00:10:19 - it out. He says, "You know what, the best way to get me is to
00:10:22 - email me or actually email the support email address that goes
00:10:25 - to a team of technicians. And they can filter it down through
00:10:28 - commonly asked questions and things like that." So, he goes with
00:10:32 - email, he's not really immediately available because he takes
00:10:35 - a project based approach to life. Not just work, life in general.
00:10:41 - He says, "You know what, I'm going to schedule my life in such
00:10:44 - a way that I see things in terms of projects, not fires that
00:10:48 - come in every other day and I have this list of issues that I
00:10:51 - work through." Sure there's some interruptions, occasionally,
00:10:54 - he gets a call, he's like, "Hey, something is down." But, chances
00:10:58 - are, he knows about the issue before he gets interrupted. Before
00:11:01 - the call actually comes in, because he's got a network monitoring
00:11:04 - system that has told him about it and he's already either fixed
00:11:07 - it already or he's got somebody on the way to take care of the
00:11:10 - issue. Reason why is his network's designed in such a way that
00:11:14 - it's redundant. It has fail over capability. It's been tested
00:11:17 - and it's thoroughly put together as a complete system. Now, again,
00:11:23 - I know you are hearing me talking like, "Okay, yey, Carl." It's
00:11:27 - kind of like, "How do I get here?" Well that's the point. Is
00:11:32 - that I, I will say I am, I am 80% Bob, 20, no, 10% Carl and 10%
00:11:43 - of ambition to be like Carl. Like I am the guy that I love putting
00:11:48 - out fires. I love being the superhero coming in, let me solve
00:11:51 - your issue. "Oh, yey, good job. Okay, we took care of it. Man,
00:11:54 - that guy was awesome. Did you see him?" There is something to
00:11:58 - be said about being good at fixing things but there is something
00:12:00 - to be said about building a network that doesn't have to be fixed.
00:12:05 - That's what TSHOOT is all about. Now
00:12:08 - you might be thinking, that's not what TSHOOT is all about. TSHOOT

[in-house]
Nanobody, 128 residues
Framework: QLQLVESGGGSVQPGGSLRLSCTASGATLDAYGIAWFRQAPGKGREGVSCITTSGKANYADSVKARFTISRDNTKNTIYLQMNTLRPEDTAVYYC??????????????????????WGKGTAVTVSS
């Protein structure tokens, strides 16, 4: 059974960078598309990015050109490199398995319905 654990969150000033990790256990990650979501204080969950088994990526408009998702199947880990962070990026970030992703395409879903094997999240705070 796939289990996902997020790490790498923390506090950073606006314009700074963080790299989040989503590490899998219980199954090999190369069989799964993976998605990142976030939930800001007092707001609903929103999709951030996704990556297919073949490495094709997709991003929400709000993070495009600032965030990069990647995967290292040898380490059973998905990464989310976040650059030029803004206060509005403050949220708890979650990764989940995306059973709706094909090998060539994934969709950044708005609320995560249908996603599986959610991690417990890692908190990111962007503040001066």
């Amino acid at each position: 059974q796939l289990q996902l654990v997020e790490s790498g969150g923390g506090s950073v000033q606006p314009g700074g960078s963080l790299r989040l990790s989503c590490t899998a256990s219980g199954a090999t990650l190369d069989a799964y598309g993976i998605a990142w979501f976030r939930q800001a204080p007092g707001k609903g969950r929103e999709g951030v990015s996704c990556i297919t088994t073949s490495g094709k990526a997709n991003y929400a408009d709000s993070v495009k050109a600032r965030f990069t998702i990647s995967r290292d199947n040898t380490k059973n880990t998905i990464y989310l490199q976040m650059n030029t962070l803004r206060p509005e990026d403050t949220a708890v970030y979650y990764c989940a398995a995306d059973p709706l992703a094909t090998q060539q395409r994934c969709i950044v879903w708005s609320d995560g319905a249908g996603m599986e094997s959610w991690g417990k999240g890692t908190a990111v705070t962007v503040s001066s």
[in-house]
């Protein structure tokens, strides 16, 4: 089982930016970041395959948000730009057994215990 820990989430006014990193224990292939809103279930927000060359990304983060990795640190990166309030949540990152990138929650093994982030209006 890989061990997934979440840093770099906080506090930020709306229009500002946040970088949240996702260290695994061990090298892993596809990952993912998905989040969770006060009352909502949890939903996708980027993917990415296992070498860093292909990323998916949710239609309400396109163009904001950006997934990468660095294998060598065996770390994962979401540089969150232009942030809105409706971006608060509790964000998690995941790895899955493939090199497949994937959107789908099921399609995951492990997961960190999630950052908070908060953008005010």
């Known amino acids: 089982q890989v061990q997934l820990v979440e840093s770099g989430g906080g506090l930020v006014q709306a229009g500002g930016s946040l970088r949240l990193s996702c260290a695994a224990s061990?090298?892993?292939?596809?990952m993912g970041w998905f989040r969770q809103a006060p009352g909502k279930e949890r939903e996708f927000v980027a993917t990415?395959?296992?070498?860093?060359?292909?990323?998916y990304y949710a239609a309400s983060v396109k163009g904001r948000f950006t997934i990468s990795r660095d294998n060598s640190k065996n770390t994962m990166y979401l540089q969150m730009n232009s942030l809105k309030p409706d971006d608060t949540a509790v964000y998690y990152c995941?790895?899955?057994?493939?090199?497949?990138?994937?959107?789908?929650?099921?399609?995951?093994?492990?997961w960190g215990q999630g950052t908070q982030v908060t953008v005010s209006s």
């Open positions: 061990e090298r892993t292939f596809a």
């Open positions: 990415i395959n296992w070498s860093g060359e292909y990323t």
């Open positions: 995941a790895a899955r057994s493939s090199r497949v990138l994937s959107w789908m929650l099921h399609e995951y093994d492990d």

00:12:12 - is about troubleshooting, isn't it? Not Bob and Carl and how
00:12:18 - you manage and maintain your life and your network and now, I'm
00:12:22 - looking at Stephen Covey. What's going on here? Well, if you
00:12:26 - look at the exam objectives for TSHOOT, you're right. TSHOOT
00:12:29 - is all about troubleshooting. Look at this, I'm going to scroll
00:12:33 - over here to the exam description document on Cisco's website.
00:12:36 - TSHOOT exam topics, Blueprint. And if you looked on your troubleshoot,
00:12:39 - troubleshoot, troubleshoot, troubleshoot, just troubleshoot after
00:12:42 - troubleshoot. But look at this, there is this divide. There is
00:12:45 - this section up here, it's smaller, albeit it's smaller, yes.
00:12:49 - But there is a section dedicated to maintaining and monitoring
00:12:53 - your network performance, like, developing a plan to monitor
00:12:56 - and manage you network. How do you perform that work monitoring
00:12:59 - using IOS tools? What are routine maintenance? What are, how
00:13:02 - do you isolate sub-optimal network operation and things like
00:13:05 - that with the OSI model. And, this is what I'm talking about
00:13:08 - right here. Cisco thought it was so important and they said,
00:13:11 - "You know what, we can't just make a troubleshooting course about
00:13:14 - just troubleshooting even though there's a lot of it in here."
00:13:16 - They want to make a troubleshooting course that first off, tells
00:13:20 - you, "This is the best way that you should manage your life in
00:13:24 - the Cisco realm. Then if you do that right, you shouldn't have
00:13:29 - to live in this layer too long because your troubleshooting is
00:13:32 - minimal and when it does happen, you've got such a well planned
00:13:35 - out network that the troubleshooting goes much faster than if
00:13:41 - you would just be putting out fires like most people do with
00:13:44 - that." So, now this, trust me, there will not be Stephen Covey
00:13:48 - on the exam but when I was looking at some of the Cisco material
00:13:51 - for TSHOOT, I thought, "You know what, this just has Stephen
00:13:54 - Covey written all over it." I, just as a side little comment,
00:14:00 - I am the most blessed man alive because before I even knew about
00:14:05 - Stephen Covey, I lived all of my life and still live most of
00:14:09 - my life in this, they call it quadrant one where everything is
00:14:12 - urgent and important, no matter what it is. I get a phone call,
00:14:15 - they want me to do something, it's urgent, it's important, I